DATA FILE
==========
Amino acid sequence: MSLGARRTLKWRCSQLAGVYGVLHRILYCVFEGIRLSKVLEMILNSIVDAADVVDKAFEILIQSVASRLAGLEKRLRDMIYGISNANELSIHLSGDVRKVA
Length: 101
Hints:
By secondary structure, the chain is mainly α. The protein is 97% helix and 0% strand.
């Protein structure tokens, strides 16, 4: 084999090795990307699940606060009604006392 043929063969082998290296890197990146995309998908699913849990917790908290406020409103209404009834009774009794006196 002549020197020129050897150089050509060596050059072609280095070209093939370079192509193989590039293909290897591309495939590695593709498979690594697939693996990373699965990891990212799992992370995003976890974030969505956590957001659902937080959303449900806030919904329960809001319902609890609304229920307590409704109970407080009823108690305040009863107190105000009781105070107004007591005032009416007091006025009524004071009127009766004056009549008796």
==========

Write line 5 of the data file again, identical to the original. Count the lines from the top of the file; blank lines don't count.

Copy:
């Protein structure tokens, strides 16, 4: 084999090795990307699940606060009604006392 043929063969082998290296890197990146995309998908699913849990917790908290406020409103209404009834009774009794006196 002549020197020129050897150089050509060596050059072609280095070209093939370079192509193989590039293909290897591309495939590695593709498979690594697939693996990373699965990891990212799992992370995003976890974030969505956590957001659902937080959303449900806030919904329960809001319902609890609304229920307590409704109970407080009823108690305040009863107190105000009781105070107004007591005032009416007091006025009524004071009127009766004056009549008796």